Gudrun and Jonathan love mathematics. But from their own experience they can understand why some of the students fear mathematics and expect it to be too difficult to master. They have the following tips:

- just take one step after the other, and do not give up too early
- discuss problems, questions and topics of the lecture with fellow students - talking about mathematics helps to understand it
- teach fellow students about things you understand - you will be more confident with your arguments, or find some gaps to fix
- take time to think about mathematics and the homework problems
- sit down after the lecture, and repeat the arguments and ideas in your own words in order to make them your own
- use the problem classes and tutorials to ask questions

In the lecture course, students see the basic concepts of different mathematical fields. Namely, it covers calculus, linear algebra, numerics and stochastics. Results from all these fields will help them as engineers to calculate as well as to invent. There is no standard or best way to organize the topics since there is a network of connections inbetween results and a lot of different ways to end up with models and calculation procedures. In the course in Karlsruhe in the first semester we mainly focus on calculus and touch the following subjects:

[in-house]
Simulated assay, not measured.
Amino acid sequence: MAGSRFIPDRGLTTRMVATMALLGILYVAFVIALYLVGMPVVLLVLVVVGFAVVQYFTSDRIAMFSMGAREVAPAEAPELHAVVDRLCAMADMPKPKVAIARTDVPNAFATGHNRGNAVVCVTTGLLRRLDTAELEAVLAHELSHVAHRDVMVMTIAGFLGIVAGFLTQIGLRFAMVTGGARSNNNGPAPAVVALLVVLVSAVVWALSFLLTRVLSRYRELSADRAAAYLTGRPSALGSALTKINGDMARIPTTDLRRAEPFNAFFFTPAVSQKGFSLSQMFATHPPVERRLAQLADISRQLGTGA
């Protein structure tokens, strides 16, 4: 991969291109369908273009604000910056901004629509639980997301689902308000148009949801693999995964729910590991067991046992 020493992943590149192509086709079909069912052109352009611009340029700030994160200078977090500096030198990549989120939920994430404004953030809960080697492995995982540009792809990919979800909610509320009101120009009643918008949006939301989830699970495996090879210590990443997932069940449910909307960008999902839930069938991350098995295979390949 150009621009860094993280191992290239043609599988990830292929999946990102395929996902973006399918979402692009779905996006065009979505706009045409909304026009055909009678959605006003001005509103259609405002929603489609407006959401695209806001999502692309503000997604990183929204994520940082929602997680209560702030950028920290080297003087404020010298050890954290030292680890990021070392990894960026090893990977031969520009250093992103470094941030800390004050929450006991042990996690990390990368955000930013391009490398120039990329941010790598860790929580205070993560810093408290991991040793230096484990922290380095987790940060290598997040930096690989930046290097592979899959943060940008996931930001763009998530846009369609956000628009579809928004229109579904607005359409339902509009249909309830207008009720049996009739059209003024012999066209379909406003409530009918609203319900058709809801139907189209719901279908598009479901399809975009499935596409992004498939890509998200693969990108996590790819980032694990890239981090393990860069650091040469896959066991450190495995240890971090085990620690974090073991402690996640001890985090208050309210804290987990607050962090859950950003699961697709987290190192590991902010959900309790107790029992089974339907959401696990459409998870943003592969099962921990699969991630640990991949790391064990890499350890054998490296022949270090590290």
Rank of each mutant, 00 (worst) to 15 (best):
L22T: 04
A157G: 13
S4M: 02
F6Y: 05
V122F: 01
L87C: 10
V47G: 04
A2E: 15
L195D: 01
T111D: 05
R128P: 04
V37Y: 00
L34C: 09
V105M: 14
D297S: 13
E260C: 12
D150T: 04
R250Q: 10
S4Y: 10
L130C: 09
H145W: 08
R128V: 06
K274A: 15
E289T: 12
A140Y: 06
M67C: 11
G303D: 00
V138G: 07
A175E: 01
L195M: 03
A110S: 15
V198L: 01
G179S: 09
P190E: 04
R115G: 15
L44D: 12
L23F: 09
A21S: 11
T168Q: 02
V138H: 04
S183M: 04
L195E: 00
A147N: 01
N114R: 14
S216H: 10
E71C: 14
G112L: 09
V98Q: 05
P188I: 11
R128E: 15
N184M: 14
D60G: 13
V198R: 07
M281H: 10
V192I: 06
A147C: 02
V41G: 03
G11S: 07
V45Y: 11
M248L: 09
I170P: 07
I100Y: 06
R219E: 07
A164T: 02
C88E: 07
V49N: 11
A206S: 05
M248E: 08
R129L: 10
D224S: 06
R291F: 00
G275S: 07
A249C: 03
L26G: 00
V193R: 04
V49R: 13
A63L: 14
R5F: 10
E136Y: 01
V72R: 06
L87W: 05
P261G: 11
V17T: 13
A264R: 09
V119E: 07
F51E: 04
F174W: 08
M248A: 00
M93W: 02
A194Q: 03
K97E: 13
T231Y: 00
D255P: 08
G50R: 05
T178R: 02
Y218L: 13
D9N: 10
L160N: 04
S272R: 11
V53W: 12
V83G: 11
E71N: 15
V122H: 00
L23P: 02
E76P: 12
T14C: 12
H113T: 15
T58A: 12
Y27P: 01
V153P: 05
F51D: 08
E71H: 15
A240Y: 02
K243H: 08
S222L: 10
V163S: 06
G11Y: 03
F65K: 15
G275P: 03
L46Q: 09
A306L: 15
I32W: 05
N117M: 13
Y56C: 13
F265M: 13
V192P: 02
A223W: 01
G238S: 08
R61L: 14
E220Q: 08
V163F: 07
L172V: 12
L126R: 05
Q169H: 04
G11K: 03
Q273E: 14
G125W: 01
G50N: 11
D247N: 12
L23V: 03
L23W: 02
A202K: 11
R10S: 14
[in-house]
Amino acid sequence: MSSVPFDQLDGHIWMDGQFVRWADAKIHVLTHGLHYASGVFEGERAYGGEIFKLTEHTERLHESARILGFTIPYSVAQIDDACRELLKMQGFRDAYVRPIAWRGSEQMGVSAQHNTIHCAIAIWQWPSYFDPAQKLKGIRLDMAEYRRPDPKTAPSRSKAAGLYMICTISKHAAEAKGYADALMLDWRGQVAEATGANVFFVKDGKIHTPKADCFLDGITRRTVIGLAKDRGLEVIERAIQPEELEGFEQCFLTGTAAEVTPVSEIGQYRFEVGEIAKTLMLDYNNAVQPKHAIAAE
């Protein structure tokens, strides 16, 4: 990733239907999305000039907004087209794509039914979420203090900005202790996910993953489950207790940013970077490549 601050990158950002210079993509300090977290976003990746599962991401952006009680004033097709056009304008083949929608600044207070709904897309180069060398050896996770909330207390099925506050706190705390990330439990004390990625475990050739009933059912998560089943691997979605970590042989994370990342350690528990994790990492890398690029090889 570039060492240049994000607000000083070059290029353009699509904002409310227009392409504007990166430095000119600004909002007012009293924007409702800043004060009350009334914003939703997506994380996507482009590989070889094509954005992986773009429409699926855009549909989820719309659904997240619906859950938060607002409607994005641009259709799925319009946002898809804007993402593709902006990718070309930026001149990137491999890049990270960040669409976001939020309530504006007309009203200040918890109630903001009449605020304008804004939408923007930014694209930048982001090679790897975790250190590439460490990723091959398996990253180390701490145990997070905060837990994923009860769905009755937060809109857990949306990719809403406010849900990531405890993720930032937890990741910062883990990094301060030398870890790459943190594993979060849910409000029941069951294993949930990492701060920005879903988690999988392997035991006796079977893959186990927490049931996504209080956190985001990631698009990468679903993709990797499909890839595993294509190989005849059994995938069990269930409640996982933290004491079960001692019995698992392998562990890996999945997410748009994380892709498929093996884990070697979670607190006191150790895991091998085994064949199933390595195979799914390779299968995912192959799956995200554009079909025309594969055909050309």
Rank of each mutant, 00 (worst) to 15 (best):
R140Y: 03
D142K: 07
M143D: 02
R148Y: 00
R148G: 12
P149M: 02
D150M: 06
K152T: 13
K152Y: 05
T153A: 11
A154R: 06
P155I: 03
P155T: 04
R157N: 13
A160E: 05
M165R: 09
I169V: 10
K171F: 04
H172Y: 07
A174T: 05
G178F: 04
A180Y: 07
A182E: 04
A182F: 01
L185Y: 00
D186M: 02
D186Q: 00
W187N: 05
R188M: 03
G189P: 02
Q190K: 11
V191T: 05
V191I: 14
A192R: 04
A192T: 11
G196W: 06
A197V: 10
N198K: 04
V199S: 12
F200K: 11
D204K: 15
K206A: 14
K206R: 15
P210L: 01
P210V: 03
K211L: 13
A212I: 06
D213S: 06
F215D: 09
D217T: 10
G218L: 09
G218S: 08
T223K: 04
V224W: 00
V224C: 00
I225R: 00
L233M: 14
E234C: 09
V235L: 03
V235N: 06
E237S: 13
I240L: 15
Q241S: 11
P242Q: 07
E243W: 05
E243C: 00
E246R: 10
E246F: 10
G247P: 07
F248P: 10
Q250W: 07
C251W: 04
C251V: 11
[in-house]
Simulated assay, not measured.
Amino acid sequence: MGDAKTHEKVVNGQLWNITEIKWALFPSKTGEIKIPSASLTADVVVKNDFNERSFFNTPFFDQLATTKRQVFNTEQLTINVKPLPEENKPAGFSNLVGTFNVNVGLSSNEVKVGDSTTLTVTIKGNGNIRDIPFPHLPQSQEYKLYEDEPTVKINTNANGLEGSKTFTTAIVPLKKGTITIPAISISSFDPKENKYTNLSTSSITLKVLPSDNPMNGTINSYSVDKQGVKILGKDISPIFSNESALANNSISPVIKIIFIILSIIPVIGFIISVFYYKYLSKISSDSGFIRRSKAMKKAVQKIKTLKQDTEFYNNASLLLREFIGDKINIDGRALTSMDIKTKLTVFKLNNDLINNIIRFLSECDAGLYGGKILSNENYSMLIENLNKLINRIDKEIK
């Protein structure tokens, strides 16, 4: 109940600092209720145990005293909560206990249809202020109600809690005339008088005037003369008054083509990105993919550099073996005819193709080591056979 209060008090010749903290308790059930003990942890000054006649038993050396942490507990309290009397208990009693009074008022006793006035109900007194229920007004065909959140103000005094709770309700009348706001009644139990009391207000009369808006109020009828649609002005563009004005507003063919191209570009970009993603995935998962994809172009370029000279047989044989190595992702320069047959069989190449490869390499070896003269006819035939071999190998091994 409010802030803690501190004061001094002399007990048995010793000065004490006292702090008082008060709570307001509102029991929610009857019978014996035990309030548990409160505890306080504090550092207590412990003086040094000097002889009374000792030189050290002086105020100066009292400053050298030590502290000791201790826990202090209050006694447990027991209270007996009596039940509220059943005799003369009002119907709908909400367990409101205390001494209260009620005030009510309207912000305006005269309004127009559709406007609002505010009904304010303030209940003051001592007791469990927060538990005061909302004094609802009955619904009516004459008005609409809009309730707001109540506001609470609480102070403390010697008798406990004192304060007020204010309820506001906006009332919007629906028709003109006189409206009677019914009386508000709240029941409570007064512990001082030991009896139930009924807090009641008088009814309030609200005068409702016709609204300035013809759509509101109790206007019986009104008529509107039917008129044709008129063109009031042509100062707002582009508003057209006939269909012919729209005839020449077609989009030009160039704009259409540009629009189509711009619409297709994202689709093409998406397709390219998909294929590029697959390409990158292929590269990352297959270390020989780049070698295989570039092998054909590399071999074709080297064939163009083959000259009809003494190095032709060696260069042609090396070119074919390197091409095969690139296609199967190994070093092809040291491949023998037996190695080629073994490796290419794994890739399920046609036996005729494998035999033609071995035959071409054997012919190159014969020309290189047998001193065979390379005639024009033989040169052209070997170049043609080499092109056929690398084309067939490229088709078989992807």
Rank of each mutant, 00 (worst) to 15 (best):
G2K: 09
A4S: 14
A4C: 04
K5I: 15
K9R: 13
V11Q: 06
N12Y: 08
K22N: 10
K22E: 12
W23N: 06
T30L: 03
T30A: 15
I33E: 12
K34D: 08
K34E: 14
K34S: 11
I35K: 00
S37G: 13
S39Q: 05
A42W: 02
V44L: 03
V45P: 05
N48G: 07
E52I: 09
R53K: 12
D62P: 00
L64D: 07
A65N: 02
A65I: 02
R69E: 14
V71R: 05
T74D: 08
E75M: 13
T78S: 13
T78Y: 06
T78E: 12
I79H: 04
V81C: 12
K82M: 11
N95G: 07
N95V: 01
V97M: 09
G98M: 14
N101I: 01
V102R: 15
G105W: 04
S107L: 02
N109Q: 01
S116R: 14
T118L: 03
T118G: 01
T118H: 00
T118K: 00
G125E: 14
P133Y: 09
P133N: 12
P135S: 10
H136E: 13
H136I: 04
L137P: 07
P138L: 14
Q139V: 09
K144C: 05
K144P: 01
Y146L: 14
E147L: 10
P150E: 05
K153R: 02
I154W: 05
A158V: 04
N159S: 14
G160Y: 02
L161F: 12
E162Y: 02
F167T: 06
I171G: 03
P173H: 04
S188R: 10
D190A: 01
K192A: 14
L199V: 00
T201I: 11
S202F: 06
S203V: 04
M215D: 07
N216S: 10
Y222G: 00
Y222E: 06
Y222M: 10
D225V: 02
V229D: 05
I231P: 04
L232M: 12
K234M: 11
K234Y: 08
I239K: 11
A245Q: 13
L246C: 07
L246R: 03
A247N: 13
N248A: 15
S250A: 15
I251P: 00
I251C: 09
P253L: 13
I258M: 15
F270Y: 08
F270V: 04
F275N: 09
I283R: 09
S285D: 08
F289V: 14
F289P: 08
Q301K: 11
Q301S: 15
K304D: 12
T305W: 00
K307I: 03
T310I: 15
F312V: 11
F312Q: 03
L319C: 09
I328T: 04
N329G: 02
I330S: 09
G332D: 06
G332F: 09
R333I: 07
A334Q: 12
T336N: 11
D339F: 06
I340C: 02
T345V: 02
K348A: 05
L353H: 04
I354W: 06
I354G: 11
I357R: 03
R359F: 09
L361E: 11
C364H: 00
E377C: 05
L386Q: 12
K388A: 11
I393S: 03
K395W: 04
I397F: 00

- Numbers
- Methods of proof
- Complex numbers
- Sequences and convergence
- Functions and continuity
- Series
- Differential calculus of one real variable
- Integral calculus
- Numerical integration
- Elementary differential equations

All of these topics have applications and typical problems which will be trained in the problem class. But moreover they are stepping stones in order to master more and more complex problems. This already becomes clear during the first semester but will become more clear at the end of the course.

- K. F. Riley, M. P. Hobson, S. J. Bence: Mathematical Methods for Physics and Engineering. Cambridge University Press.
- K. F. Riley, M. P. Hobson: Foundation Mathematics for the Physical Sciences. Cambridge University Press.
- T. Arens, F. Hettlich, Ch. Karpfinger, U. Kockelkorn, K. Lichtenegger, H. Stachel: Mathematik.Spektrum Akademischer Verlag, Heidelberg (in German).
- J. Stewart: Calculus, Early Transcendentals. Brooks/Cole Publishing Company.
- K. Burg, H. Haf, F. Wille: Höhere Mathematik für Ingenieure. Volumes I-III. Teubner Verlag, Stuttgart (in German).
- E. Kreyszig: Advanced Engineering Mathematics. John Wiley & Sons.
- E.W. Swokowski, M. Olinick, D. Pence, J.A. Cole: Calculus. PWS Publishing Company. Boston.

- F. Hettlich: Höhere Mathematik, Gespräch mit G. Thäter im Modellansatz Podcast, Folge 34, Fakultät für Mathematik, Karlsruher Institut für Technologie (KIT), 2014.
- J. Eilinghoff: Analysis, Gespräch mit S. Ritterbusch im Modellansatz Podcast, Folge 36, Fakultät für Mathematik, Karlsruher Institut für Technologie (KIT), 2014.